A Canadian activist who faced time behind bars for giving water to pigs has been found not guilty.
An Ontario judge dismissed mischief charges against Anita Krajnc, ending a legal battle that captured the global attention of animal rights activists.
Judge David Harris said he was not convinced that Ms Krajnc obstructed the use of property when she gave water to pigs headed to slaughter.
Ms Krajnc said it confirms "compassion is not a crime".
Mischief to property is a criminal offence in Canada related to the wilful destruction or damage of property.
Justice Harris wrote in his decision that he is satisfied that Ms Krajnc "did not obstruct, interrupt or interfere with the lawful use, enjoyment or operation of any property" when in July 2015, she gave water to a few animals being carried in a tractor trailer filled with 190 pigs going to a slaughterhouse outside Toronto.
Ms Krajnc, who co-founded an organisation called Toronto Pig Save in 2011, regularly gathered with other activists on a traffic island at an intersection near a large slaughterhouse to pet the animals and give them water.
But this time, the truck driver confronted Ms Krajnc and police were called. A video of the tense encounter was posted online by the activists.
During her trial, supporters crammed into the courtroom, many sitting on the floor. Members of the media sat in the prisoner's box.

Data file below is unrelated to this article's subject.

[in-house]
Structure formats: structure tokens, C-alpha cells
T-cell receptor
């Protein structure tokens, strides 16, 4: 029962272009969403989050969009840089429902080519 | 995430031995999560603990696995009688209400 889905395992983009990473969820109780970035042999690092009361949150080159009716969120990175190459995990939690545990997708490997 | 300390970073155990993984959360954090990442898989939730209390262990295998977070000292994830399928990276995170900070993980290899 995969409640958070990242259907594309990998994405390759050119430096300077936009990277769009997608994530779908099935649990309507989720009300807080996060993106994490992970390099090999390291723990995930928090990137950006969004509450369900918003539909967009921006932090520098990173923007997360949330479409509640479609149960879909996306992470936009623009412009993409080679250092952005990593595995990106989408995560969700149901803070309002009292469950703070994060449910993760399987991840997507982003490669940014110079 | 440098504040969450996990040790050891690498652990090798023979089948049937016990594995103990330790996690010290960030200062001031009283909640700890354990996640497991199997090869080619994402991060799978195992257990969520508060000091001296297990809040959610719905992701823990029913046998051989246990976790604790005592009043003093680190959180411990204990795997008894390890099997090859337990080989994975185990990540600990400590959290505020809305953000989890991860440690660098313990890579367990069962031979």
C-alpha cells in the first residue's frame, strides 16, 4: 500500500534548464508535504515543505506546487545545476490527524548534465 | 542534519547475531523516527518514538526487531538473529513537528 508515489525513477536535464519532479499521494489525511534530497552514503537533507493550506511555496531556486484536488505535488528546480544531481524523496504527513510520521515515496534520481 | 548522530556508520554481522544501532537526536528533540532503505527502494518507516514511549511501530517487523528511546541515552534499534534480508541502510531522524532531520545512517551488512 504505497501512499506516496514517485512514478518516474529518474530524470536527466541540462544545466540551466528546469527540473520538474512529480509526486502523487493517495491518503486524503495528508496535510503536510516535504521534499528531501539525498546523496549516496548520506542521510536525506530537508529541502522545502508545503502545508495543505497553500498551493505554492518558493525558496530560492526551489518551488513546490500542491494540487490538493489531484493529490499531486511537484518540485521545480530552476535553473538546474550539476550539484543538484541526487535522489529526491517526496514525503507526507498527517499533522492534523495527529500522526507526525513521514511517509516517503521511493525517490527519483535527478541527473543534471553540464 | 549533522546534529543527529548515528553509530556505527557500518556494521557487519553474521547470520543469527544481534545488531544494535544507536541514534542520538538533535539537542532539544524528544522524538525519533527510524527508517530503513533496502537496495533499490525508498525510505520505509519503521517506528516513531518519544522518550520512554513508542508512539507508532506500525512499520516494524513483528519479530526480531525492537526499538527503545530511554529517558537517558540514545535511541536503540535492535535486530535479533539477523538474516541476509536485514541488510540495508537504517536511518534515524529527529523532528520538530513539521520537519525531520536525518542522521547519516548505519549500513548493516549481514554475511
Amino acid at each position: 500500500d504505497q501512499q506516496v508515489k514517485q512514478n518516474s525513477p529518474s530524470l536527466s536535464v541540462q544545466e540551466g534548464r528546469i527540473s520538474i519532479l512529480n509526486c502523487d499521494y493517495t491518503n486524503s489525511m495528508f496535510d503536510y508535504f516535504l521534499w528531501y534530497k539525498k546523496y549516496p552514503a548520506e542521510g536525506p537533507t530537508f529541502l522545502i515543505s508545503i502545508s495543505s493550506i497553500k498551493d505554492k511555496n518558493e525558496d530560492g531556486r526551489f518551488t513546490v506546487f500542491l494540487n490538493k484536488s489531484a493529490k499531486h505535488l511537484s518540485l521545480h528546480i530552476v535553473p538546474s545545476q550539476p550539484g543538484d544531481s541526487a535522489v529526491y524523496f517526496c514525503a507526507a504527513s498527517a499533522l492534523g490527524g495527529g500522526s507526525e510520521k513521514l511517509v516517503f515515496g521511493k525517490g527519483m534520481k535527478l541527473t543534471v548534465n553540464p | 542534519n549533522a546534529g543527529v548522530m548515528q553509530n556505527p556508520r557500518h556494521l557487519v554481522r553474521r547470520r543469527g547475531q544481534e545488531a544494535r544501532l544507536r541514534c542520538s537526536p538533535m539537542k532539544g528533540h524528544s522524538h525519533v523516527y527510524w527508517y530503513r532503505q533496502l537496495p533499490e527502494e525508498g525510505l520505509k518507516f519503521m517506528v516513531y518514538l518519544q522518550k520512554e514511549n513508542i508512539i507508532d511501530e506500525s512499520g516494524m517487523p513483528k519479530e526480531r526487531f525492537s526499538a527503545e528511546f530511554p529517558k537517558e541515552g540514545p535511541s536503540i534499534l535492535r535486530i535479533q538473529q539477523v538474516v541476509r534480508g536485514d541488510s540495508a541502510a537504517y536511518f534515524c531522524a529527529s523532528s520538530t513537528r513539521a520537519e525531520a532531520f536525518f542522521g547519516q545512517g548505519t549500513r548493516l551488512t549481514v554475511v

Despite her win on Thursday, Ms Krajnc told the BBC she has "mixed feelings" about the decision.
"We were hoping for recognition in the legal system that pigs and other animals are simply not property - that they are sentient beings, that they have basic rights," she said.
In his decision, Justice Harris noted that under Canadian law, pigs are property.
"Ms Krajnc and like-minded individuals may believe otherwise and they are fully entitled to that belief. That does not however make it so," he wrote.
Ms Krajnc's case and her efforts to "hold vigil" for animals headed to slaughter have caught on with animal rights activists around the world.
A number of similar "Save" campaigns have cropped up globally, including dozens in the UK. The movement promotes veganism, animal rights activism, and "bearing witness" to the suffering of animals.
Jenny Canham helped create the Essex Pig save chapter and told the BBC she was "really relieved" by Thursday's court decision.
She said her group will continue to advocate for animal welfare and to spread the movement in the UK.
Ms Krajnc said she will continue to organise "vigils" near slaughterhouses.